Potomac, Laurel Fork of North Fork of South Branch, Virginia, US/West Virginia, US
Route 642 to confluence with Straight Fork (Laurel Fork)
||II-III+ (for normal flows)
Laurel Fork of The Potomac
Laurel Fork of The PotomacPhoto of Ron Molinas by Mark Anderson taken 11/03
This is a wilderness headwaters run in the Potomac River watershed that offers the chance to
paddle through a near-pristine setting. Though the whitewater is continuous, there are no rapids
that exceed Class III at a medium level. The primary risks are strainers - we portaged 12 times
in October, 2003 - and low hanging rhodedendron along the banks and in some of the braided
channels. Familiarity with small creek running will definitely make for a more enjoyable day, as
this run borders on an advanced ranking despite the relative ease of the whitewater.
Located primarily in Highland County, Virginia, this creek confluences to form the North Fork in
Pendleton County, West Virginia at the community of Hardscrabble. The takeout is at a bridge over
the creek at CR 19. The northwest side of the bridge seems to be the best place to park. The
putin is 40 minutes away in Virginia above the Laurel Fork Special Management Area. Putin just
off CR 642 about 1/4 mile south of a bridge crossing the Laurel Fork at an unposted roadside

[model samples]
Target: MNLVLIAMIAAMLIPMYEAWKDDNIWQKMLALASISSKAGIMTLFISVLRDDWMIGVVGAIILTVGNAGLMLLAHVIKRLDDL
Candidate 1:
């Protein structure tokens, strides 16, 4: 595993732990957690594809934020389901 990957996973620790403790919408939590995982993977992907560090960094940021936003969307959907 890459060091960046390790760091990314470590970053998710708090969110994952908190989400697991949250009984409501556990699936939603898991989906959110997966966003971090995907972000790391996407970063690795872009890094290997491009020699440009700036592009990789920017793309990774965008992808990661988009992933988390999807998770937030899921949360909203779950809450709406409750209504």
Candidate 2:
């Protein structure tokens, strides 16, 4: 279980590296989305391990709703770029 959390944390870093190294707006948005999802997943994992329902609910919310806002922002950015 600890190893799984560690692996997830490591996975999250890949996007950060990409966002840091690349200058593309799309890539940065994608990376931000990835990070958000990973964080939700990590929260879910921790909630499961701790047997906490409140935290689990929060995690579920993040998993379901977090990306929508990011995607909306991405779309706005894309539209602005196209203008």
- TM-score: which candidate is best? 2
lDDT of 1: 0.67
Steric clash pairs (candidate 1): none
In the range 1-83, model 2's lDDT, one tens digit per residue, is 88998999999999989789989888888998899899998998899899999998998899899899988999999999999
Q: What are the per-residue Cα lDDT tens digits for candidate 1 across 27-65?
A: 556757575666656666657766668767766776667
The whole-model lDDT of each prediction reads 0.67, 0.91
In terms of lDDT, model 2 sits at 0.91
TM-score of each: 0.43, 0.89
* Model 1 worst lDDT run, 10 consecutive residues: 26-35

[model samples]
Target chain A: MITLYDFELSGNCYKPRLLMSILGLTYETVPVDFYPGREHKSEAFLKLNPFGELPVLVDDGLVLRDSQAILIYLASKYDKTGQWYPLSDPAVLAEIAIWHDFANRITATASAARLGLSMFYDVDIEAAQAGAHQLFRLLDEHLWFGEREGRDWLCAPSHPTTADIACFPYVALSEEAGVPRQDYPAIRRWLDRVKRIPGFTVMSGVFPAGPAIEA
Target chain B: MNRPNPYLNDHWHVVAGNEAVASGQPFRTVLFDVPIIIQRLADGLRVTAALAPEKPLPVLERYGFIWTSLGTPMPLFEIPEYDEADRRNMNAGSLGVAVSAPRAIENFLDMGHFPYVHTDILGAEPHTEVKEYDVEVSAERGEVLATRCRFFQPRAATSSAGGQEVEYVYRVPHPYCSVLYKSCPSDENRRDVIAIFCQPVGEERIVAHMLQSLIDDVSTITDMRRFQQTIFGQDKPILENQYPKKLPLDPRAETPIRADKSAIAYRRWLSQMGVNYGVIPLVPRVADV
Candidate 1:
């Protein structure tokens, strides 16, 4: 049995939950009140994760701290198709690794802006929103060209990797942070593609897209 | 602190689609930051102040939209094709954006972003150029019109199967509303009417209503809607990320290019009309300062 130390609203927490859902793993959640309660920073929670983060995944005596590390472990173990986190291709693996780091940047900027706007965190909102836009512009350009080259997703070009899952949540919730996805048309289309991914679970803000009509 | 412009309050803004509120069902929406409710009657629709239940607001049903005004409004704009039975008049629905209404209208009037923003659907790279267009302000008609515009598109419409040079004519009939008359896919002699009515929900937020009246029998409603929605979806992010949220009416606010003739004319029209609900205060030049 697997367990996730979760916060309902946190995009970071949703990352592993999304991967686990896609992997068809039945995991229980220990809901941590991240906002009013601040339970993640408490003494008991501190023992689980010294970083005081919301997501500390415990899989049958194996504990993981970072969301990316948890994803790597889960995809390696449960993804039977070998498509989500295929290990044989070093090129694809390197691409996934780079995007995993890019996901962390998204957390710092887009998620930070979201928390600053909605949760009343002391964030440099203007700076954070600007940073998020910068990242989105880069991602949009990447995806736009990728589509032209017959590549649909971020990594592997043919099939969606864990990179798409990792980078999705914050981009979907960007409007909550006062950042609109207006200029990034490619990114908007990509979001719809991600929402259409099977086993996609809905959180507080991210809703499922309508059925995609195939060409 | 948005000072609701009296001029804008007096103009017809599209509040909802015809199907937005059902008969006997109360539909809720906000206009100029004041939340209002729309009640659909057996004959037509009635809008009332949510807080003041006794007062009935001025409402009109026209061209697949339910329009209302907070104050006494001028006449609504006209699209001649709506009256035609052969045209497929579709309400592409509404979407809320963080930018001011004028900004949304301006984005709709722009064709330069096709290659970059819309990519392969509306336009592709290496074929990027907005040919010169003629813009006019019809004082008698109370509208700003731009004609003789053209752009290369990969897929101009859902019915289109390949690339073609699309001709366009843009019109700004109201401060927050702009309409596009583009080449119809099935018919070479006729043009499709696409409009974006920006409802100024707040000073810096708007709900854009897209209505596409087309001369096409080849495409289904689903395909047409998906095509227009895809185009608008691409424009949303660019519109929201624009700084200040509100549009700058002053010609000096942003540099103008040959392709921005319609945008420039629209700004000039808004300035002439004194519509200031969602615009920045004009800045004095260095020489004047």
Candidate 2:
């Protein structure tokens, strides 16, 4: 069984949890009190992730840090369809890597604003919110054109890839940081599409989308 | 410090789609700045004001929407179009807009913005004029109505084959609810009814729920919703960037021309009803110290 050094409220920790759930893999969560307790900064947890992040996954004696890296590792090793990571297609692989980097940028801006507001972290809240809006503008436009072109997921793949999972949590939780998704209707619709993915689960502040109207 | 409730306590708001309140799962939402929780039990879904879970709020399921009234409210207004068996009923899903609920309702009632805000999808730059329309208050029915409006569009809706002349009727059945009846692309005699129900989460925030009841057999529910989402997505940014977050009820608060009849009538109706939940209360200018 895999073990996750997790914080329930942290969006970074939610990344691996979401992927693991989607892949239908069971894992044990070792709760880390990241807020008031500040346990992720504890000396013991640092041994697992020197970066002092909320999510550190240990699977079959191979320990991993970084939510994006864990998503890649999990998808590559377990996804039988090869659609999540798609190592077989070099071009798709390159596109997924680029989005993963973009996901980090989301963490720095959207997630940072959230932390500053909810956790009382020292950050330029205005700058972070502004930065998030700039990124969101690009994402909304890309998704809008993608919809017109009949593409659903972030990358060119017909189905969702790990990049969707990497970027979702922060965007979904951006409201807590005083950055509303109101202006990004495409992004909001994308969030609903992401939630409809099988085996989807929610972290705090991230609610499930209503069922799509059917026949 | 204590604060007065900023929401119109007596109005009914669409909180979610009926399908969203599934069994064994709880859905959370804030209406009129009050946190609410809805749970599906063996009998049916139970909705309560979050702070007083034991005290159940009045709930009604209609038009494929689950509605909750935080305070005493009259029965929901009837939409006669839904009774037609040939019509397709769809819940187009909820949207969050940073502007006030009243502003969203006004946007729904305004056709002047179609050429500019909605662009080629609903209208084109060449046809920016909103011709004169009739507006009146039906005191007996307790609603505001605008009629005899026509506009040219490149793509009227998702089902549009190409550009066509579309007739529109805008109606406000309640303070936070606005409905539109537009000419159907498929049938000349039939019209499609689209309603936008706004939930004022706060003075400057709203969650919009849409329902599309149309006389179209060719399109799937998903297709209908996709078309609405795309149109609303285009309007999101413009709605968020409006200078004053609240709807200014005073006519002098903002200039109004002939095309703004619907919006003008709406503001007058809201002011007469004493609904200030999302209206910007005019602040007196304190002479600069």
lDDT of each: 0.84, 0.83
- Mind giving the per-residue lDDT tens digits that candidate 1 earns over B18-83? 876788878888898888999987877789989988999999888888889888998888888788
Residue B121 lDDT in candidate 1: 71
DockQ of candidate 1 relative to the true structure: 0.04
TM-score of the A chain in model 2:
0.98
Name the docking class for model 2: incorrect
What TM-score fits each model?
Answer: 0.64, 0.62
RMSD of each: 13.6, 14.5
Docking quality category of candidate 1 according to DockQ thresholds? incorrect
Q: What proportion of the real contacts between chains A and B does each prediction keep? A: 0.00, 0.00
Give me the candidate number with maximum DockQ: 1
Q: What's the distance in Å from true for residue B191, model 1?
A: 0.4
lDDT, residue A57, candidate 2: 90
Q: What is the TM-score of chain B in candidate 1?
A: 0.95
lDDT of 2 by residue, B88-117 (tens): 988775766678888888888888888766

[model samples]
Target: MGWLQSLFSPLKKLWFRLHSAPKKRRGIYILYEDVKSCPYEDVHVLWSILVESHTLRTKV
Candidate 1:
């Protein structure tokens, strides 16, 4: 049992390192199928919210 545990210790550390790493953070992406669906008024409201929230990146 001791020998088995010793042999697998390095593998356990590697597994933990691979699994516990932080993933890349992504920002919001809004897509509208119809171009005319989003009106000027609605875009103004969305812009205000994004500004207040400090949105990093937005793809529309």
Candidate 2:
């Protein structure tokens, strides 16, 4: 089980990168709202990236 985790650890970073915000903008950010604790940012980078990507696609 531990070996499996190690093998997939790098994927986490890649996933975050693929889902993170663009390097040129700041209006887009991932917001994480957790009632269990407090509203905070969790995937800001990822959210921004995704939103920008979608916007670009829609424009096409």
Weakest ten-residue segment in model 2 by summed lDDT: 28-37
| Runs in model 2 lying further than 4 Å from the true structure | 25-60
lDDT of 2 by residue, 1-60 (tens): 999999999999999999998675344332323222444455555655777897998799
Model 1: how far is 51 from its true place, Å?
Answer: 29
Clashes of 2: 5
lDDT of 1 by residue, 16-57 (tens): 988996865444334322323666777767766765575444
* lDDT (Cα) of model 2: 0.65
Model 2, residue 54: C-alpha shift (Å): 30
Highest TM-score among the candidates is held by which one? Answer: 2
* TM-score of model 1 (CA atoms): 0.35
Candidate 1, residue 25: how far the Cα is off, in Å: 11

campsite. For the shuttle route consult your West Virginia and Virginia Gazetteers.
After you put in you will immediately be in fast Class II water, which is standard gear for the
creek. It's fun floating, however, with lots of small slides and chutes. The morphology is open,
like most of the streams in this area of the watershed. In the first few miles, the creek picks
up to mild Class III only occasionally. There are a few braided channels. Generally, you will
want to find the biggest channel and get into it, even if that means climbing over a tree. The
rhodedendron along the creek are absolutely huge. Though beautiful, they can make a portage a
hands-and-knees crawl under the bushes. Occasionally, the skill to grab said rhodedendron comes
in handy when you can't find an eddy.
About halfway through the run you will encounter the first solid Class III rapid near where
Christian Run spills in on river right. This ledge drop with a hard right turn marks the
beginning of a mile or so of good fun Class III river running. The last drop is a III+ with a
mean hole that requires some boof-skills. After this section, it's back to Class II with the
occasionally III. Near the end of the run, we encountered a sketchy channelized section. Pay
careful attention here, as we scrambled to stop above one set of strainers in very fast water.
StreamTeam Status: Not Verified
Last Updated: 2010-11-07 14:06:42